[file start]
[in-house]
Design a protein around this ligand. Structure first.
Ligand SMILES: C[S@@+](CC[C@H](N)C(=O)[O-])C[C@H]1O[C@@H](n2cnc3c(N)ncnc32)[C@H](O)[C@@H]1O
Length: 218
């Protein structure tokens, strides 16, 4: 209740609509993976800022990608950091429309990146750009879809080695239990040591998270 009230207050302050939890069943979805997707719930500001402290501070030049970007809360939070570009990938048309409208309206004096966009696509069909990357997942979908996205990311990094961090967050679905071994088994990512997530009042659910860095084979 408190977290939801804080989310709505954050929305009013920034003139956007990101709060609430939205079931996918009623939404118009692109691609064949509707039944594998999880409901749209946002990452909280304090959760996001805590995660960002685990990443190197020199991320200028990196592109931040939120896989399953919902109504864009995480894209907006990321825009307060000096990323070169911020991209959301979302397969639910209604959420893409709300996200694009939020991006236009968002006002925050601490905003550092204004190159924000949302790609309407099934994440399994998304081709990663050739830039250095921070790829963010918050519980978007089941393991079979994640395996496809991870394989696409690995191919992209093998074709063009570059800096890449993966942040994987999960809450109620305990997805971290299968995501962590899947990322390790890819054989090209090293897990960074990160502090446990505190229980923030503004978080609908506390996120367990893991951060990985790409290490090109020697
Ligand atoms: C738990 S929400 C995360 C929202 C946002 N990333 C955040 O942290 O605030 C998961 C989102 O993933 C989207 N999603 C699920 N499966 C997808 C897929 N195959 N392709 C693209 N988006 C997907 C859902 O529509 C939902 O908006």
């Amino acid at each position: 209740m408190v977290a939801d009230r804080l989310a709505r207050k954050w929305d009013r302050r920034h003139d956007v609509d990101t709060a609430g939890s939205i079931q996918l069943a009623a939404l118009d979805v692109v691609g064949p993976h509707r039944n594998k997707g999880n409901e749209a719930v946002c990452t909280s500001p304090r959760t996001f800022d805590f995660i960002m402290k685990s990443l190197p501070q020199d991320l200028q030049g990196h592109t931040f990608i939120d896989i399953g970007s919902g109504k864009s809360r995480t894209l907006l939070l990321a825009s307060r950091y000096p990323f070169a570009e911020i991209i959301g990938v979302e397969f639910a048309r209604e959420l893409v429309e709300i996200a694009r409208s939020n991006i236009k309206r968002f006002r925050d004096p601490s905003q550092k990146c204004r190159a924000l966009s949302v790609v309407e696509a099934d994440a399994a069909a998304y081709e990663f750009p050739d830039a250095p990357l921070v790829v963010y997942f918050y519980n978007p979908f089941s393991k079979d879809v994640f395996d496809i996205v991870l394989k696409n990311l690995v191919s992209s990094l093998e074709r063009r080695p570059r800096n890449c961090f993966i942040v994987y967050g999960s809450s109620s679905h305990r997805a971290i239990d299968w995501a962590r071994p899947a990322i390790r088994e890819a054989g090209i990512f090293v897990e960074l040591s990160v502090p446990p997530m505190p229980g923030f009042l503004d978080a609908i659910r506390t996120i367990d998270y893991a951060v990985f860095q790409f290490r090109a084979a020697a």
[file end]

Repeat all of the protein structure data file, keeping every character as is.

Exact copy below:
[in-house]
Design a protein around this ligand. Structure first.
Ligand SMILES: C[S@@+](CC[C@H](N)C(=O)[O-])C[C@H]1O[C@@H](n2cnc3c(N)ncnc32)[C@H](O)[C@@H]1O
Length: 218
């Protein structure tokens, strides 16, 4: 209740609509993976800022990608950091429309990146750009879809080695239990040591998270 009230207050302050939890069943979805997707719930500001402290501070030049970007809360939070570009990938048309409208309206004096966009696509069909990357997942979908996205990311990094961090967050679905071994088994990512997530009042659910860095084979 408190977290939801804080989310709505954050929305009013920034003139956007990101709060609430939205079931996918009623939404118009692109691609064949509707039944594998999880409901749209946002990452909280304090959760996001805590995660960002685990990443190197020199991320200028990196592109931040939120896989399953919902109504864009995480894209907006990321825009307060000096990323070169911020991209959301979302397969639910209604959420893409709300996200694009939020991006236009968002006002925050601490905003550092204004190159924000949302790609309407099934994440399994998304081709990663050739830039250095921070790829963010918050519980978007089941393991079979994640395996496809991870394989696409690995191919992209093998074709063009570059800096890449993966942040994987999960809450109620305990997805971290299968995501962590899947990322390790890819054989090209090293897990960074990160502090446990505190229980923030503004978080609908506390996120367990893991951060990985790409290490090109020697
Ligand atoms: C738990 S929400 C995360 C929202 C946002 N990333 C955040 O942290 O605030 C998961 C989102 O993933 C989207 N999603 C699920 N499966 C997808 C897929 N195959 N392709 C693209 N988006 C997907 C859902 O529509 C939902 O908006």
């Amino acid at each position: 209740m408190v977290a939801d009230r804080l989310a709505r207050k954050w929305d009013r302050r920034h003139d956007v609509d990101t709060a609430g939890s939205i079931q996918l069943a009623a939404l118009d979805v692109v691609g064949p993976h509707r039944n594998k997707g999880n409901e749209a719930v946002c990452t909280s500001p304090r959760t996001f800022d805590f995660i960002m402290k685990s990443l190197p501070q020199d991320l200028q030049g990196h592109t931040f990608i939120d896989i399953g970007s919902g109504k864009s809360r995480t894209l907006l939070l990321a825009s307060r950091y000096p990323f070169a570009e911020i991209i959301g990938v979302e397969f639910a048309r209604e959420l893409v429309e709300i996200a694009r409208s939020n991006i236009k309206r968002f006002r925050d004096p601490s905003q550092k990146c204004r190159a924000l966009s949302v790609v309407e696509a099934d994440a399994a069909a998304y081709e990663f750009p050739d830039a250095p990357l921070v790829v963010y997942f918050y519980n978007p979908f089941s393991k079979d879809v994640f395996d496809i996205v991870l394989k696409n990311l690995v191919s992209s990094l093998e074709r063009r080695p570059r800096n890449c961090f993966i942040v994987y967050g999960s809450s109620s679905h305990r997805a971290i239990d299968w995501a962590r071994p899947a990322i390790r088994e890819a054989g090209i990512f090293v897990e960074l040591s990160v502090p446990p997530m505190p229980g923030f009042l503004d978080a609908i659910r506390t996120i367990d998270y893991a951060v990985f860095q790409f290490r090109a084979a020697a």